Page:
I bought my copy of Venusian Summer for $3 many years ago, but it still usually sells for under $10 in the US. So there’s really no excuse to not grip your own copy and cheaply ride the lightning out of this solar system. -Buckley Mayfield

Chrome “Alien Soundtracks” (Siren, 1977)

Alien Soundtracks was where Chrome became the Chrome over which freaks worldwide have been flipping their lids for over four decades. Following the solid yet fairly trad 1976 debut LP The Visitation with founder Damon Edge at the controls, Alien Soundtracks is the San Francisco industrial-psychedelic-rock band’s first record with the uniquely blasted guitarist Helios Creed in the lineup. And what a difference he made.

Though recorded during punk’s first rude bloom, Alien Soundtracks aptly sounds as if it’s beaming in from a more grotesque and bizarre planet, one on which Johnny Rotten and Joey Ramone—gawd love ’em—would seem like innocuous cartoon figures. Allegedly recorded to accompany a live sex show, Alien Soundtracks indeed generates erotic charges, but in a form that Pornhub likely would regard as too twisted.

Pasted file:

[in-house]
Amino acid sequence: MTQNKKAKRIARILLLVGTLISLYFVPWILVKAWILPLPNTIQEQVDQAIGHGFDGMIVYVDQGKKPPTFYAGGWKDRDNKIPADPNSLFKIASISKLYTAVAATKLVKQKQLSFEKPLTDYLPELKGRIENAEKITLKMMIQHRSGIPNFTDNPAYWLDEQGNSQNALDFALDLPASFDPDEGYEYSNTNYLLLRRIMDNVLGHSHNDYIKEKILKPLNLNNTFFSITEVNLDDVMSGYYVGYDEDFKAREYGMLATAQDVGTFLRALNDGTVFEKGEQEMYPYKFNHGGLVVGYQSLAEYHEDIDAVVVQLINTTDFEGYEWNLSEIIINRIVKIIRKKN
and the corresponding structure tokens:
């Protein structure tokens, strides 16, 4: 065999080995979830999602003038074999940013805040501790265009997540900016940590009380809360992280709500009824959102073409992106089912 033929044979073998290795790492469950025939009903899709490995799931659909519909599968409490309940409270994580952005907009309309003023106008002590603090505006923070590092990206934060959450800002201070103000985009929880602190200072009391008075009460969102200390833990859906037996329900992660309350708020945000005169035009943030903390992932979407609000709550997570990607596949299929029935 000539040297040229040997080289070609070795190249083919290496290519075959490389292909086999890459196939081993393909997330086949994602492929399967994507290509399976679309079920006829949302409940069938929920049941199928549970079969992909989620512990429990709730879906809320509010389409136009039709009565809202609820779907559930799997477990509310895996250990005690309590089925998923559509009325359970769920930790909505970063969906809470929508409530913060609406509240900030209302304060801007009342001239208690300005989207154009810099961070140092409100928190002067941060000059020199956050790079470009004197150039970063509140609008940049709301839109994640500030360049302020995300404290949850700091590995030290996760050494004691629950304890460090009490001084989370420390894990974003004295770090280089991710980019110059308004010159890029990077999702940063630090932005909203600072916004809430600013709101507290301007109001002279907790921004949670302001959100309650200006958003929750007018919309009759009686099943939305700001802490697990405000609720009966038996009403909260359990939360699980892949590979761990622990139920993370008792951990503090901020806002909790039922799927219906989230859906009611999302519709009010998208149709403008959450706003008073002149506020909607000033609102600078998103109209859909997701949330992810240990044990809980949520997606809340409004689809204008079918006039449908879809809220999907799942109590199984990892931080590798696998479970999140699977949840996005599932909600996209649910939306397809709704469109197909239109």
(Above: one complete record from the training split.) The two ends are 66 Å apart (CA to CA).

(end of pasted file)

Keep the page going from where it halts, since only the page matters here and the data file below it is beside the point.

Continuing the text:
Album-opener “Chromosome Damage” fades in as if rising from a pit, then clicks into an accelerated, warped rock attack that reeks of rocket fuel and amphetamines. Edge croaks, “I wanna fly, I wanna fly away” before the song just fades out and morphs into a nightmarish, backward-sucking inversion of French psychonauts Heldon. Creed’s guitar sounds like if Jimi Hendrix were irradiated with Strontium-90; Helios forges some of the sickest tones ever to be associated with the mundane term “rock.” The lysergic intro of “All Data Lost” leads into a skittering, Jaki Liebezeit ca. Tago Mago ratatat and Edge’s voice downshifts into a Syd Barrett-like murmur that ripples into infinity. “SS Cygni” finds Chrome at their funkiest, but this is the hypnotic machine chug of This Heat more than it’s the bon vivant strutting of James Brown or the Meters. ‘Tis a pity it doesn’t last at least three times longer. By contrast, “Nova Feedback” is eerie, menacing, and woozy, as Creed peels off proggy, contemplative riffs that contrast with the doom-laden business roiling below. It’s a masterpiece of chiaroscuro.